Histopathology Report - How is it Done and What Does it Include?

Histopathology Report Techniques and Prognostic Predictors

Histopathology involves scrutinizing tissue samples to identify a particular disease.

Histopathology is the examination of tissues from the body under a microscope to spot the signs and characteristics of disease. Histology is the study of tissues, and pathology is the study of disease.

So taken together histopathology literally means the study of tissues as relates to disease. A histopathology report describes the tissue that has been sent for examination and the features of what the cancer looks like under the microscope.

A histopathology report is sometimes called a biopsy report or a pathology report.

The Histopathology Report

The specialist doctor who does the examination under the microscope is called a Pathologist. The tissue that is studied comes from a biopsy or surgical procedure whereby a sample of the suspect tissue is selected and sent to the laboratory. It is then processed and cut into very thin layers (called sections), stained and examined under microscopes to characterize the details of the cells in the tissue. For some diseases, the surgeon can get a sample of the tissue interpreted very quickly through the use of frozen sections. Frozen sections or slices are used sparingly in lymphoma, however, due to problems in interpretation and sampling. In lymphomas, lymph nodes are the tissue most commonly examined in histopathology. For many types of blood cancers, a bone marrow biopsy may also be required for a definitive diagnosis.

Components of the Report

Histopathology reports on surgical cancer specimens are getting more and more complex. They may include:

  • The microscopic appearance of the involved tissue
  • Special stains
  • Molecular techniques
  • Other tests

Molecular techniques refer to the ability to analyze cells and tissues at the molecular level, which is at the level of proteins, receptors, and the genes that code for these things.

Interpreting the Report

Many of the findings from such examination of the tissues are linked to prognosis. Prognostic indicators may include tumor grade and extent of spread, and whether or not the cancer was removed with a margin of healthy cells surrounding it, or if there is evidence the cancer has spread beyond what was removed.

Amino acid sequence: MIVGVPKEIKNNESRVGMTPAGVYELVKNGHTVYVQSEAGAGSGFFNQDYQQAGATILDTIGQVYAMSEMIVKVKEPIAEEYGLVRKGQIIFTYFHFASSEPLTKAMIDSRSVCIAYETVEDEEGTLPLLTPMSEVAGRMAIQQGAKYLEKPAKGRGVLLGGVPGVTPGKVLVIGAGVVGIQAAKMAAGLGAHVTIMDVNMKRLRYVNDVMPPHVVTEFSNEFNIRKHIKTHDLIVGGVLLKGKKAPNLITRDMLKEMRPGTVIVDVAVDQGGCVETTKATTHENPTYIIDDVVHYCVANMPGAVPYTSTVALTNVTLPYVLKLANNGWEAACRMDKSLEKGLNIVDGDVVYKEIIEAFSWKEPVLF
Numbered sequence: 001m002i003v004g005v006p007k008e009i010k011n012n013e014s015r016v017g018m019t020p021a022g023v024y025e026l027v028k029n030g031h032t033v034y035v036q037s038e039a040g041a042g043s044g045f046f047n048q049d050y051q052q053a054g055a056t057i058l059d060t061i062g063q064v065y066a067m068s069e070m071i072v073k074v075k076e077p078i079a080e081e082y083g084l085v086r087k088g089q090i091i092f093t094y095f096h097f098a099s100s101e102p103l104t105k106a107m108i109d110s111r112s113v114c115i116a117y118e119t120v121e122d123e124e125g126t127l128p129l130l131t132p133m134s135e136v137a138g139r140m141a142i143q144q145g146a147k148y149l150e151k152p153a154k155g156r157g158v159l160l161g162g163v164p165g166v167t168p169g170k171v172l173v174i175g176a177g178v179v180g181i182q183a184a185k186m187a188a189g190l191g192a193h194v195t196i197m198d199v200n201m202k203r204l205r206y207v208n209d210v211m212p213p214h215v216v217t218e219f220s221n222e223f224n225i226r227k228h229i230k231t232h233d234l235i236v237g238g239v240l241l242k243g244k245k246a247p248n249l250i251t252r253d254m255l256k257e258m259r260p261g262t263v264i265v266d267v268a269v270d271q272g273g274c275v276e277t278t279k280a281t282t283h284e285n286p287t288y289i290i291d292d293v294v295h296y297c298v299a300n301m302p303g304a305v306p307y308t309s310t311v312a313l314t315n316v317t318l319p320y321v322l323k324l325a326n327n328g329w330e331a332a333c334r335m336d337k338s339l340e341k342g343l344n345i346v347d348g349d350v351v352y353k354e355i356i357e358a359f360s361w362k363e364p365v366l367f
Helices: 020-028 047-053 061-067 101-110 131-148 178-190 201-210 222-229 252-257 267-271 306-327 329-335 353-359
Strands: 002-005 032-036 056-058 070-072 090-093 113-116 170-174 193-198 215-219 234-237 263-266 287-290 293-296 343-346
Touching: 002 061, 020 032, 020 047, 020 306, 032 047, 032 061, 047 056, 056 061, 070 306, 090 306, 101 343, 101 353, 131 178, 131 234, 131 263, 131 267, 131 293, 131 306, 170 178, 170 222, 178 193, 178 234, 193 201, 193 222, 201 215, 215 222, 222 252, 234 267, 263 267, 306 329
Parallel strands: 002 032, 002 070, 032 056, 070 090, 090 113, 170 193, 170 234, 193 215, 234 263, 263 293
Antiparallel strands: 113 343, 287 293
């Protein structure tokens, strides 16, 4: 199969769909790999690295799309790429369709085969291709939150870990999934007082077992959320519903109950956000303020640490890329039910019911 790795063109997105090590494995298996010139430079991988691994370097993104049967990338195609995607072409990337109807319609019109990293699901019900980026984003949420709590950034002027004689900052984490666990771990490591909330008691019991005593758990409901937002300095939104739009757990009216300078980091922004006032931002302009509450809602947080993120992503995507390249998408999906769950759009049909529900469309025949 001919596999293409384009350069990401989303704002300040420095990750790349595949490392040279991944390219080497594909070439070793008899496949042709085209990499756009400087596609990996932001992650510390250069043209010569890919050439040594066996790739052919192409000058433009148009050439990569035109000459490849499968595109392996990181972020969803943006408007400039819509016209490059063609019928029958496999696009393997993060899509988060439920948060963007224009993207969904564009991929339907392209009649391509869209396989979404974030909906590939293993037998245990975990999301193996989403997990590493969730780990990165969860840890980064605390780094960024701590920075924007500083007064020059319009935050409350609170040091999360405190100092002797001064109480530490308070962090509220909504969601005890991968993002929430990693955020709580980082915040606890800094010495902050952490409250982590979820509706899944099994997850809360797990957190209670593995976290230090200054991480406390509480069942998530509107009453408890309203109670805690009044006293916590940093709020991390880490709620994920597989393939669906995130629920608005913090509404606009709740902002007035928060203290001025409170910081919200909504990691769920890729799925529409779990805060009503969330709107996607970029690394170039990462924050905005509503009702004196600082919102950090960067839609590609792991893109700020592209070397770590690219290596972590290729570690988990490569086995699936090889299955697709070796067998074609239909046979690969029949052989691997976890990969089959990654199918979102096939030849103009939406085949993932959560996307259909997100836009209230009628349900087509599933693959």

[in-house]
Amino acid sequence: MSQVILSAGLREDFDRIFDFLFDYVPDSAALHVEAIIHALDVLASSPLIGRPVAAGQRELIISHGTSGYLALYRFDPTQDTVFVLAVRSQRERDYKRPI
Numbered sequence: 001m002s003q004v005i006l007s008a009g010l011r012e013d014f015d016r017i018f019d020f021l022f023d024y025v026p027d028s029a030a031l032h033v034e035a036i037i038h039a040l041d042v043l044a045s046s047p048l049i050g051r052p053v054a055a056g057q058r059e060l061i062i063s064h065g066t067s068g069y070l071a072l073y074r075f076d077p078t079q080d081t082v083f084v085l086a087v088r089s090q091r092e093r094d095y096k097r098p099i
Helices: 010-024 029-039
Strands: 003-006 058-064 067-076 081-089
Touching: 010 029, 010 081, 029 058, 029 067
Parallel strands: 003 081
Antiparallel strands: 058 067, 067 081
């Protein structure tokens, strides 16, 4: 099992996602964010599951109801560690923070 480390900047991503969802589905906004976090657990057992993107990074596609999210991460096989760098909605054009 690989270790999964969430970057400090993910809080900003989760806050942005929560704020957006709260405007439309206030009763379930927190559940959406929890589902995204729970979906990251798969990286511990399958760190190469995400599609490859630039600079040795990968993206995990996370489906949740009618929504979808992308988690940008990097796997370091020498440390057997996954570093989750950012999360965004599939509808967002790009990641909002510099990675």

Grading systems differ depending on the kind of cancer being graded, but generally the cells are scored based on how abnormal they appear under the microscope, with Grade 1 tumors being more normal looking and Grade 4 tumors reflecting more abnormalities. A high-grade tumor, then, is generally one in which the cells have more abnormalities. Grading is not the same as staging. Staging has more to do with where the cancer is found in the body and how far it has spread.

Molecular Descriptions and Other Sampling Techniques

In addition to the histopathology, other techniques may be used to assess the presence of cancer in the tissues, including fine needle aspiration cytology, and some of these techniques may be used more extensively in health care settings around the world. Leukemias and lymphomas are diagnosed using a combination of their appearance—how the cells look (morphology), their markers or surface proteins that can be detected using antibody tests (immunophenotype), their enzymes that can enable certain chemical reactions to occur (cytochemistry), and their chromosomal changes (karyotype).

Often times in lymphomas and other cancers, a technique called immunohistochemistry is used to help assess the tumor type, prognosis and treatment. Immunohistochemistry involves using antibodies to stick to particular tags or markers on the outside of the cancer cells.

These markers that the antibodies stick to often have "CD" in their name, which stands for cluster of differentiation. For instance, CD23 and CD5 are microscopic tags that, if present in the cancer cells, might support the notion that chronic lymphocytic leukemia (CLL)/small lymphocytic lymphoma (SLL) is a possible diagnosis. These same markers are also present in other malignancies, however, so doctors use a sort of process of elimination based on the available information and what is known about the various malignancies and their "typical" CD markers.

Another example of a CD marker is CD20, which is present in some lymphomas but absent in others. Diffuse larrge B cell lymphoma, or DLBCL, is a very common lymphoma that is associated with the CD20 marker.

For a given sample of leukemia or lymphoma cells, markers can be tested using an entire panel of antibodies that stick to different markers, with positive and negative controls, built in.

Molecular and chromosomal studies may be done to look at gene rearrangements and specific changes to the chromosomes. Sometimes inserted or deleted genes are linked to information about prognosis. For instance, in chronic lymphocytic leukemia, or CLL, a specific piece of a chromosome is lost, and often times lost along with it is a gene that helps supress cancer. The 17p deletion is found in about 3 to 10 percent of people with CLL, overall. 17p deletion CLL is a form of CLL that is harder to treat; people with 17p deletion CLL tend to be difficult to treat with conventional chemotherapy.

Sources:

Ho C, Rodig SJ. Immunohistochemical markers in lymphoid malignancies: Protein correlates of molecular alterations. Seminars in Diagnostic Pathology. 2015. 32(5):381-91.

Histopathology Reporting: Guidelines for Surgical Cancer. By Derek C Allen. Springer Science & Business Media, Jun 29, 2013.

Taylor J, Xiao W and Abdel-Wahab O. Diagnosis and classification of hematologic malignancies on the basis of genetics. Blood. 2017 Jul 27; 130(4): 410–423.

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